A 53‐year‐old male with fibrosing mediastinilis presents with a 1‐day history of cough and hemoptysis. His past medical history was significant for hypertension and fibrosing mediastinitis diagnosed in 2005. On exam, the patient was tachypneic and hypoxic, with an oxygen saturation of 88% on room air. Other vital signs were normal. Lung exam revealed decreased breath sounds in the right upper lobe and bilateral expiratory wheezing. Clubbing of extremities was noted. No focal deficits were found on gross neurologic exam. Laboratories showed anemia with hemoglobin of 8.8 g/dL and normal platelets and clotting factors. Given his hemoptysis and anemia, he underwent emergent bronchial artery embolization in interventional radiology. The first right intercostal bronchial trunk was embolized to stasis. During the procedure, the patient complained of severe persistent back pain and became agitated and uncooperative. The procedure was terminated early, and he was sent to the floor. The following morning, the patient reported he was unable to move his legs. Neurologic exam revealed decreased sensation to pinprick below T8 and diminished strength (2/5) in bilateral lower extremities. Rectal tone was normal. Thoracic and lumbar spine MRI showed abnormal signal in The anterior spinal cord at T9 through T12, consistent with acule spinal cord infarction.
Spinal cord infarction is a rare complicalion of bronchial artery embolization, with an estimated prevalence of 1.4%‐6.5%. It often occurs in the anterior spinal artery distribution via the artery of Adamkiewiez. which rises between T9 and T12. This vessel has a characteristic hairpin configuration and supplies the lower two thirds of the spinal cord. Patients with anterior spinal artery infarction can present with abrupt onset of back pain followed by flaccid bilaleral paralysis, loss of bowel or bladder control, and decreased temperature and pinprick sensation. Proprioception and vibratory sense are usually preserved. Initial diagnosis is clinical and may be confirmed by MRI. Management is supportive, including early aggressive physical therapy, and urinary catheterization to prevent retention. Permissive hypertension is allowed to maintain spinal cord perfusion. Systemic corticosteroids have not been studied in spinal cord ischemia and are not currently recommended.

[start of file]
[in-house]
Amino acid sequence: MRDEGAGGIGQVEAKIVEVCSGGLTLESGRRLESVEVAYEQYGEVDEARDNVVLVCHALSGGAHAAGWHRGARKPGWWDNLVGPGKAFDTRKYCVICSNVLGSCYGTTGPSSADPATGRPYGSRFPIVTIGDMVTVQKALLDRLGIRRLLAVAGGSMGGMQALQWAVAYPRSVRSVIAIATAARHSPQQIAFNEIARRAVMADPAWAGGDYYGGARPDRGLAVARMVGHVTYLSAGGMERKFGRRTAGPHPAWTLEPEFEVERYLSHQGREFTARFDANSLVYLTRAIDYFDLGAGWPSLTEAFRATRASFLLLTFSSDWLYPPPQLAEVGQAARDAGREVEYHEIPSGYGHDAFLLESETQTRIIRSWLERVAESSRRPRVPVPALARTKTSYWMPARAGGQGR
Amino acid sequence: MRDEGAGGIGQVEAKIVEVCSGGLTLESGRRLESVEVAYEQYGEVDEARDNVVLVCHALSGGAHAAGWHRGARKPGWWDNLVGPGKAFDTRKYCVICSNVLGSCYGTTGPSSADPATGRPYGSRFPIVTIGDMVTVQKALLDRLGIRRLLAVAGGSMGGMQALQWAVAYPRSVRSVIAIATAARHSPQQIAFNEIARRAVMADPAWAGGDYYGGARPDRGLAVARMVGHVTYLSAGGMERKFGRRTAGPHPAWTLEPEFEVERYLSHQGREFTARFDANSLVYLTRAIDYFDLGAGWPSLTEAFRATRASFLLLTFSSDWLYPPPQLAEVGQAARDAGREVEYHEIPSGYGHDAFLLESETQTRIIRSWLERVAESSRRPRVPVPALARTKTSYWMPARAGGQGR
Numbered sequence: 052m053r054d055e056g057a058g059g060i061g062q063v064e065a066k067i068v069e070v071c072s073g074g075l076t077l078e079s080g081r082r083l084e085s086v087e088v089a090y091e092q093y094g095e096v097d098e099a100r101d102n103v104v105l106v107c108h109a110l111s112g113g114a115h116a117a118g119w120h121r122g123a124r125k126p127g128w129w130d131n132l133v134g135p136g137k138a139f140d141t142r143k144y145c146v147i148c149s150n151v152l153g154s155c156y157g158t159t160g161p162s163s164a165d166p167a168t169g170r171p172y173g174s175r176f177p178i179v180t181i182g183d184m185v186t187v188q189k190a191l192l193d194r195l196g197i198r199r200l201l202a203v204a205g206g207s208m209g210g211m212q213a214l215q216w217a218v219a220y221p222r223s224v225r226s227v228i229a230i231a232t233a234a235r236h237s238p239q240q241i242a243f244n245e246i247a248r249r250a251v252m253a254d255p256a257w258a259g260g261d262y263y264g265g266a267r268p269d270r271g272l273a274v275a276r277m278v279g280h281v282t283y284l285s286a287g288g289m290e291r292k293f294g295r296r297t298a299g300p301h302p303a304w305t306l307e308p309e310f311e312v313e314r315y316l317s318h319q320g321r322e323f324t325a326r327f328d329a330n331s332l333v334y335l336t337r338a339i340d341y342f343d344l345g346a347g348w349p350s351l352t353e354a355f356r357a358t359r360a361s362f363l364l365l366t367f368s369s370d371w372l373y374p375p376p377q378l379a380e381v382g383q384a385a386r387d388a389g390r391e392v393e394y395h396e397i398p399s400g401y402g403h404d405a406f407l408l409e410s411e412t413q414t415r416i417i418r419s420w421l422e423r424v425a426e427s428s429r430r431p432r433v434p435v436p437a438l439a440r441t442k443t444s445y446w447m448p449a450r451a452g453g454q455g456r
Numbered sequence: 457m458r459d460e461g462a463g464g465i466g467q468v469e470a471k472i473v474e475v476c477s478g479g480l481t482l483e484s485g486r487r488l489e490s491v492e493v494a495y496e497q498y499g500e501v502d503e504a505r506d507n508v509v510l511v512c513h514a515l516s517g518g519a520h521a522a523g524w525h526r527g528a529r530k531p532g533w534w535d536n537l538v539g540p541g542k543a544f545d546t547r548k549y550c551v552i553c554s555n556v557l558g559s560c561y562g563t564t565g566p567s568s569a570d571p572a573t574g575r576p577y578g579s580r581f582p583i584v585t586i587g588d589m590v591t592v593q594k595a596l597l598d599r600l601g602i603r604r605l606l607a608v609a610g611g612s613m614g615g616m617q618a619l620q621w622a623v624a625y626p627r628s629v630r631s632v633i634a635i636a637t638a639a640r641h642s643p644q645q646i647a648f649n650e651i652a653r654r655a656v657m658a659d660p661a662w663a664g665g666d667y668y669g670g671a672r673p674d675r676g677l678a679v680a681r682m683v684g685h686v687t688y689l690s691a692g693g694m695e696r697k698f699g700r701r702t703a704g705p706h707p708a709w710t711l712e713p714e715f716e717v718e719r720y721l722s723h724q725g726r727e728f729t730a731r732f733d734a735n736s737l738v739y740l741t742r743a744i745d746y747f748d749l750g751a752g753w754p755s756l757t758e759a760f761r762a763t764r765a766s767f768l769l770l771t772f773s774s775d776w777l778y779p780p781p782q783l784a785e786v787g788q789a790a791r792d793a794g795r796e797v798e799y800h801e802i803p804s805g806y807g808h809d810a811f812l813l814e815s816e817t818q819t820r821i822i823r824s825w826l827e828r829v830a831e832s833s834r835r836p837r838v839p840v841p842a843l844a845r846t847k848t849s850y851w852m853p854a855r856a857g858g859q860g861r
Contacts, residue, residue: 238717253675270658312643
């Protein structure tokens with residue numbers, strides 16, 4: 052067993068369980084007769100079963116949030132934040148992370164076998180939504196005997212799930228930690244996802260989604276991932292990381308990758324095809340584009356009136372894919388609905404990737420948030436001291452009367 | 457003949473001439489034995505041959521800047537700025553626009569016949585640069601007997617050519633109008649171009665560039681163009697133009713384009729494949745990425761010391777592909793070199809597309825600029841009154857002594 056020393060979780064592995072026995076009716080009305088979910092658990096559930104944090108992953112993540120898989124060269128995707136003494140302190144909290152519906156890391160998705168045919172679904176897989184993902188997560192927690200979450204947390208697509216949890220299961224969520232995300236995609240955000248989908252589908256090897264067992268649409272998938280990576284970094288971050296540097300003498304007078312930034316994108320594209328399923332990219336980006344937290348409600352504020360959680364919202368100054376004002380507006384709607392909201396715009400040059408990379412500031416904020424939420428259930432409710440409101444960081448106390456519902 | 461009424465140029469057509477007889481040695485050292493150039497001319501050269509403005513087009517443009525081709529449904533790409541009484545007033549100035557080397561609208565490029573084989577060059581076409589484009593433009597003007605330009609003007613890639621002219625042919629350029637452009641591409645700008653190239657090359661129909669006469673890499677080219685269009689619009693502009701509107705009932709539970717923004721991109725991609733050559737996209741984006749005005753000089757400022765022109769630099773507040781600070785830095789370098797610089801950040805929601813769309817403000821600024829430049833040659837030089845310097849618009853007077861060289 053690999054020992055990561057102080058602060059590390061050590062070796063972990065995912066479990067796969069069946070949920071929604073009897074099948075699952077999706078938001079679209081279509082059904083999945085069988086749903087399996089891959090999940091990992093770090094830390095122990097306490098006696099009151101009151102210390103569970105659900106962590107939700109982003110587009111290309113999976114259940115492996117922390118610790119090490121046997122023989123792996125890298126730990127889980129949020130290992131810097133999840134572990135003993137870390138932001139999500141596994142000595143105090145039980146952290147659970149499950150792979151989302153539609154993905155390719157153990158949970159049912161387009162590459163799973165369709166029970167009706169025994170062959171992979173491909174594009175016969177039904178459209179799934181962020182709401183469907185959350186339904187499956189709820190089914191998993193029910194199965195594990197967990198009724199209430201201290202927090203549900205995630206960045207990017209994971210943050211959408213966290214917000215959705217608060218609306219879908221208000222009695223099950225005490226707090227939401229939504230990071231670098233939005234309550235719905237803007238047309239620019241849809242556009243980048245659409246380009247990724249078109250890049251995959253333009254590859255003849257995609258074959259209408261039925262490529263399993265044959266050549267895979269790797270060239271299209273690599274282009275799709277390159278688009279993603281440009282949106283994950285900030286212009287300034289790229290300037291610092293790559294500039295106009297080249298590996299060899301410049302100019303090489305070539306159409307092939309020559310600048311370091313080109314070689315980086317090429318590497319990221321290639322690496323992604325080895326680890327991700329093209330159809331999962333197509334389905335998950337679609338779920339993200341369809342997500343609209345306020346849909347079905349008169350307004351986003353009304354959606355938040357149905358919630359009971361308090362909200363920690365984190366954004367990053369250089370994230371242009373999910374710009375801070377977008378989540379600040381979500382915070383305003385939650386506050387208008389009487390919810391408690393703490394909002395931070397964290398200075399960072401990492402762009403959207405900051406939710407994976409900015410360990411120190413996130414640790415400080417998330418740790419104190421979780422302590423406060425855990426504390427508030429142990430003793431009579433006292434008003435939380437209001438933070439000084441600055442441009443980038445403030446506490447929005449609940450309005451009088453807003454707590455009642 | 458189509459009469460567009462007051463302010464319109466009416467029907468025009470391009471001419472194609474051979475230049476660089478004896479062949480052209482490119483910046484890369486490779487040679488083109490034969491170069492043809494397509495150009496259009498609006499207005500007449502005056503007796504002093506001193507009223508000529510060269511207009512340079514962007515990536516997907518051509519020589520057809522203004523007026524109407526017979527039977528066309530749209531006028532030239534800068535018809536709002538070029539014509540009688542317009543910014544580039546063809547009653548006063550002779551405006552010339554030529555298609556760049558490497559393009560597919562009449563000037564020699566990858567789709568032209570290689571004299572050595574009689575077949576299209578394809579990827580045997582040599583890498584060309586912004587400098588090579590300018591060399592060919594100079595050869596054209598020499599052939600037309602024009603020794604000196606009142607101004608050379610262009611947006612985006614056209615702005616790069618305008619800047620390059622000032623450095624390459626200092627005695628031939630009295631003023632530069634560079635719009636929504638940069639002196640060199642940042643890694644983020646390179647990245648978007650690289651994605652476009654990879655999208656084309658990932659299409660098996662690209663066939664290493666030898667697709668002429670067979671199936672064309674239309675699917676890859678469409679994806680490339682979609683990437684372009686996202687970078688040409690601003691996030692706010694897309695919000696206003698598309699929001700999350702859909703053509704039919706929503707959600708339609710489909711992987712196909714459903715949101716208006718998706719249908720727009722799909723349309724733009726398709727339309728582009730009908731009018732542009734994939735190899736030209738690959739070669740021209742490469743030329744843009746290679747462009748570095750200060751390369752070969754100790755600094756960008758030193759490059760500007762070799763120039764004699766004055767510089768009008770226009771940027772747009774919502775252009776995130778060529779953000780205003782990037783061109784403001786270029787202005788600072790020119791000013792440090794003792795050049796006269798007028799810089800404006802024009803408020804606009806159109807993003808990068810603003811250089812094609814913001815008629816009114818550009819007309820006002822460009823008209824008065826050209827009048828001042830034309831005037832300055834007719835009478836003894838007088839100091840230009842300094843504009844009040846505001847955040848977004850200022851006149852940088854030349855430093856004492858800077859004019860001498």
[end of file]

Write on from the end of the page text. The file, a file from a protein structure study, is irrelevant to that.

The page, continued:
This case illustrates anterior spinal artery infarction, an uncommon but serious complication following bronchial artery embolization. Patients complaining of back pain or weakness following this procedure should have a comprehensive neurologic exam for early diagnosis and management. Giver the frequency of use, physicians should understand the complications of minimally invasive procedures.
C. Delille, none; R. Klein, none; M. Fleischman, none.